The mark of a criminal record does more than marginalize the ex-offender, it creates added costs for the community. When we create policies within our state that increase collateral consequences for many ex-offenders, we concurrently increase the costs to the tax-payer.
More intensive effort is needed to negotiate the added barriers imposed upon ex-offenders, especially as it relates to returning this population back to work. These increased efforts require more time and money, but in addition to this, the longer an ex-offender is without employment, the more likely he or she will re-offend – which continues to add to our costs both in a social and fiscal sense.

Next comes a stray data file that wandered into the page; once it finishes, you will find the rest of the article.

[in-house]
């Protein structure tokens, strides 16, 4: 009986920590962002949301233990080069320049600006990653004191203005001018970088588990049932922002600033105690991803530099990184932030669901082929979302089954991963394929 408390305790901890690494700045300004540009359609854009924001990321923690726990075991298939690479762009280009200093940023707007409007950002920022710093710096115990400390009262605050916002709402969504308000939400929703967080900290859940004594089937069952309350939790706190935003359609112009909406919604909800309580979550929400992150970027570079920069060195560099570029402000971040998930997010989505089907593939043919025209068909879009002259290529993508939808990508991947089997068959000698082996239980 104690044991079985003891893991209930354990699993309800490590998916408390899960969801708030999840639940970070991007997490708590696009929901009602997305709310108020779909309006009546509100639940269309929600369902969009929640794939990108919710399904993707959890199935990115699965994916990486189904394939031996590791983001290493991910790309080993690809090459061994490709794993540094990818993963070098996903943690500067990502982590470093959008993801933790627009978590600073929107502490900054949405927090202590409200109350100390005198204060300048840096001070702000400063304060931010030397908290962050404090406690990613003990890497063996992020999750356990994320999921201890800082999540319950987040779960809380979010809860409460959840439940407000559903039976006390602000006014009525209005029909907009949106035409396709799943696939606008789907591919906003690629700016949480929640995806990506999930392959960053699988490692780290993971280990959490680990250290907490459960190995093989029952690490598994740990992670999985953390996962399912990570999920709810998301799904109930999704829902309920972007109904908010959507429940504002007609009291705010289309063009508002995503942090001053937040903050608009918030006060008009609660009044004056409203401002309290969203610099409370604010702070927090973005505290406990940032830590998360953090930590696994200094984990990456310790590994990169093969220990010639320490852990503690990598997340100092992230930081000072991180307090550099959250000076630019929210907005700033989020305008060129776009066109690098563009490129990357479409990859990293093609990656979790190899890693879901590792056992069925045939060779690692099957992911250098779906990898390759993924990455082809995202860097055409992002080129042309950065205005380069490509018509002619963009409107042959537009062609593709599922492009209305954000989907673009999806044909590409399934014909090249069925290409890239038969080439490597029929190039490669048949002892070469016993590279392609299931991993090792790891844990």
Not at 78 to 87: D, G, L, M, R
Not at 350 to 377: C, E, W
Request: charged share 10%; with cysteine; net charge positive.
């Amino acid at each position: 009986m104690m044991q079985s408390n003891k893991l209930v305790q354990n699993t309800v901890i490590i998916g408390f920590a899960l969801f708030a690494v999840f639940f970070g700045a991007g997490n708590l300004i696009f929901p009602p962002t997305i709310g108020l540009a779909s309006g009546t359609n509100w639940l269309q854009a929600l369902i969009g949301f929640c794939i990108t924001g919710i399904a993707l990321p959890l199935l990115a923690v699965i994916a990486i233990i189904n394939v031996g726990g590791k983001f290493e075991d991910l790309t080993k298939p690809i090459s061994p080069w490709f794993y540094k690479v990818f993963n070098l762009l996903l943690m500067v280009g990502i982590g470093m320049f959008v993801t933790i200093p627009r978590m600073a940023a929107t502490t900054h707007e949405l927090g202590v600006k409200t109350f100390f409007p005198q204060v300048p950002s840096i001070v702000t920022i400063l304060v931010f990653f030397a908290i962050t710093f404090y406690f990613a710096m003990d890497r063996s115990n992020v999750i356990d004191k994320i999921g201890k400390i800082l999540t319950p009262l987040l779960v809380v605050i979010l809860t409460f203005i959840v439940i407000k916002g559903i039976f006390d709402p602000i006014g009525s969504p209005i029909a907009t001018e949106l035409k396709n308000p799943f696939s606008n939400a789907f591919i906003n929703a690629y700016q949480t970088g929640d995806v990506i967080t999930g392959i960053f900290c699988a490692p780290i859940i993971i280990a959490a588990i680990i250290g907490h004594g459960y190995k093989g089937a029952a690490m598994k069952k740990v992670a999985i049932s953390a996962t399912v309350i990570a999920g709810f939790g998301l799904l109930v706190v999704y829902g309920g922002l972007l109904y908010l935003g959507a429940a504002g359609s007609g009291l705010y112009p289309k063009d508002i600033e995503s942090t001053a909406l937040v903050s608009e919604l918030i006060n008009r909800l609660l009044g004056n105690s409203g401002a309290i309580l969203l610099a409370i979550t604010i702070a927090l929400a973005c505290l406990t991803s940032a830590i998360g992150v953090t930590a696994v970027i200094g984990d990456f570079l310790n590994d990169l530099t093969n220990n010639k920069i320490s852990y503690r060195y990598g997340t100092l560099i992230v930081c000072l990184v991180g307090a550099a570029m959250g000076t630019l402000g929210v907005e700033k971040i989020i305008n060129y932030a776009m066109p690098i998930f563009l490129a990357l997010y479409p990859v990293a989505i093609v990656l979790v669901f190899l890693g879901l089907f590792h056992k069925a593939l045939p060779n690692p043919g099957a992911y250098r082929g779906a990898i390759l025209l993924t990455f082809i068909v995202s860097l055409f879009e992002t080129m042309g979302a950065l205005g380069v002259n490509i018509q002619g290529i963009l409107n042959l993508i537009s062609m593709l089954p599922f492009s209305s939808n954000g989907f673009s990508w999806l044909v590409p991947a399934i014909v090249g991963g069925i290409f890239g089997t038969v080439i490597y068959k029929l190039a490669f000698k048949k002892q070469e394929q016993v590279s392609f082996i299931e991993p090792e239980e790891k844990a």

The unemployment rate for ex-offenders after one year of being released from confinement hovers around 60 percent. This was a statistic which characterized this population before the economic crisis.
In this extremely difficult economic climate it becomes imperative we create policies that mitigate these pronounced effects on the employment prospects for ex-offenders.
It would be a great assist to this population of workers and to our community if a three-year reporting limit would be imposed upon consumer reporting agencies by revising RCW 19.182.040.
Currently consumer reporting agencies are allowed to report arrests and convictions of up to seven years in Washington state. Considerable research over the past 20 years provides supporting evidence that if an ex-offender has not re-offended within a three-year period, their likelihood of recidivating decreases substantially. It is within this context in which a policy change should occur.